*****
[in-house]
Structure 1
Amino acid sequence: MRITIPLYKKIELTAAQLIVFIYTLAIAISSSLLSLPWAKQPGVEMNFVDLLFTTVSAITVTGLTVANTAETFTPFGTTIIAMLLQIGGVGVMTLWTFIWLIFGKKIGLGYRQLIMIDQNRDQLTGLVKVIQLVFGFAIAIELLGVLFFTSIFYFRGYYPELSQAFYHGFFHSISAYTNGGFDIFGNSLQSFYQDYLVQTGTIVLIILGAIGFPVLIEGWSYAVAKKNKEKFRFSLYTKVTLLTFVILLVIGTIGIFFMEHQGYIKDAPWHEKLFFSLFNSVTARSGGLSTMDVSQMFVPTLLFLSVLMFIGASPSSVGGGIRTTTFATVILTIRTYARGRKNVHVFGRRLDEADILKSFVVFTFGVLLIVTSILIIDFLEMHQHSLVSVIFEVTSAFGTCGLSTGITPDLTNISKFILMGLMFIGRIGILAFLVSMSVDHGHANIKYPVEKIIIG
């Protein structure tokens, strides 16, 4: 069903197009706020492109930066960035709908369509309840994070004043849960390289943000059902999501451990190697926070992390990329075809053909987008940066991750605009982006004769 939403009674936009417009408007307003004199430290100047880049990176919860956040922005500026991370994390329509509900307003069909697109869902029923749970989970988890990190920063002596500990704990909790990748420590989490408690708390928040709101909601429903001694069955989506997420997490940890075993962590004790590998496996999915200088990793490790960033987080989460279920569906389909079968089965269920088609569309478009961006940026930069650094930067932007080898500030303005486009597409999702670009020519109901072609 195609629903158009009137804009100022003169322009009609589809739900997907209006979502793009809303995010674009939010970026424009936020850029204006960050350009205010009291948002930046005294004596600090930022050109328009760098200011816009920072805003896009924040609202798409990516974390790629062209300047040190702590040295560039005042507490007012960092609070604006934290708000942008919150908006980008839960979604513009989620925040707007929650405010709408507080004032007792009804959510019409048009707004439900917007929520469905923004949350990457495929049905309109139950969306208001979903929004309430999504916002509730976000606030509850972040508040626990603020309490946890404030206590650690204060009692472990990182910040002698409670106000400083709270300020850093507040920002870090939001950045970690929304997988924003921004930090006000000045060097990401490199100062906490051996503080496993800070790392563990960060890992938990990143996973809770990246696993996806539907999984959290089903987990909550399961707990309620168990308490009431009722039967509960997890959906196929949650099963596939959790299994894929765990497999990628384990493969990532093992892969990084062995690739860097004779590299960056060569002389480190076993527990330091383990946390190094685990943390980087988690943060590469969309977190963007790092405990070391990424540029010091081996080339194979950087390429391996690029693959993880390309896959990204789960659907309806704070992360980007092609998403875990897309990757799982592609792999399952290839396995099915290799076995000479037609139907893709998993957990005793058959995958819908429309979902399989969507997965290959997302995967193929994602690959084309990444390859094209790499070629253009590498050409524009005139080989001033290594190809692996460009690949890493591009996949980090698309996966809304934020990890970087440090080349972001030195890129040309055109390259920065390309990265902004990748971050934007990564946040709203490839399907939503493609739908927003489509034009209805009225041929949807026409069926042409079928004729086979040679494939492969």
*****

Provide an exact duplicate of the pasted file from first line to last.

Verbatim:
[in-house]
Structure 1
Amino acid sequence: MRITIPLYKKIELTAAQLIVFIYTLAIAISSSLLSLPWAKQPGVEMNFVDLLFTTVSAITVTGLTVANTAETFTPFGTTIIAMLLQIGGVGVMTLWTFIWLIFGKKIGLGYRQLIMIDQNRDQLTGLVKVIQLVFGFAIAIELLGVLFFTSIFYFRGYYPELSQAFYHGFFHSISAYTNGGFDIFGNSLQSFYQDYLVQTGTIVLIILGAIGFPVLIEGWSYAVAKKNKEKFRFSLYTKVTLLTFVILLVIGTIGIFFMEHQGYIKDAPWHEKLFFSLFNSVTARSGGLSTMDVSQMFVPTLLFLSVLMFIGASPSSVGGGIRTTTFATVILTIRTYARGRKNVHVFGRRLDEADILKSFVVFTFGVLLIVTSILIIDFLEMHQHSLVSVIFEVTSAFGTCGLSTGITPDLTNISKFILMGLMFIGRIGILAFLVSMSVDHGHANIKYPVEKIIIG
């Protein structure tokens, strides 16, 4: 069903197009706020492109930066960035709908369509309840994070004043849960390289943000059902999501451990190697926070992390990329075809053909987008940066991750605009982006004769 939403009674936009417009408007307003004199430290100047880049990176919860956040922005500026991370994390329509509900307003069909697109869902029923749970989970988890990190920063002596500990704990909790990748420590989490408690708390928040709101909601429903001694069955989506997420997490940890075993962590004790590998496996999915200088990793490790960033987080989460279920569906389909079968089965269920088609569309478009961006940026930069650094930067932007080898500030303005486009597409999702670009020519109901072609 195609629903158009009137804009100022003169322009009609589809739900997907209006979502793009809303995010674009939010970026424009936020850029204006960050350009205010009291948002930046005294004596600090930022050109328009760098200011816009920072805003896009924040609202798409990516974390790629062209300047040190702590040295560039005042507490007012960092609070604006934290708000942008919150908006980008839960979604513009989620925040707007929650405010709408507080004032007792009804959510019409048009707004439900917007929520469905923004949350990457495929049905309109139950969306208001979903929004309430999504916002509730976000606030509850972040508040626990603020309490946890404030206590650690204060009692472990990182910040002698409670106000400083709270300020850093507040920002870090939001950045970690929304997988924003921004930090006000000045060097990401490199100062906490051996503080496993800070790392563990960060890992938990990143996973809770990246696993996806539907999984959290089903987990909550399961707990309620168990308490009431009722039967509960997890959906196929949650099963596939959790299994894929765990497999990628384990493969990532093992892969990084062995690739860097004779590299960056060569002389480190076993527990330091383990946390190094685990943390980087988690943060590469969309977190963007790092405990070391990424540029010091081996080339194979950087390429391996690029693959993880390309896959990204789960659907309806704070992360980007092609998403875990897309990757799982592609792999399952290839396995099915290799076995000479037609139907893709998993957990005793058959995958819908429309979902399989969507997965290959997302995967193929994602690959084309990444390859094209790499070629253009590498050409524009005139080989001033290594190809692996460009690949890493591009996949980090698309996966809304934020990890970087440090080349972001030195890129040309055109390259920065390309990265902004990748971050934007990564946040709203490839399907939503493609739908927003489509034009209805009225041929949807026409069926042409079928004729086979040679494939492969």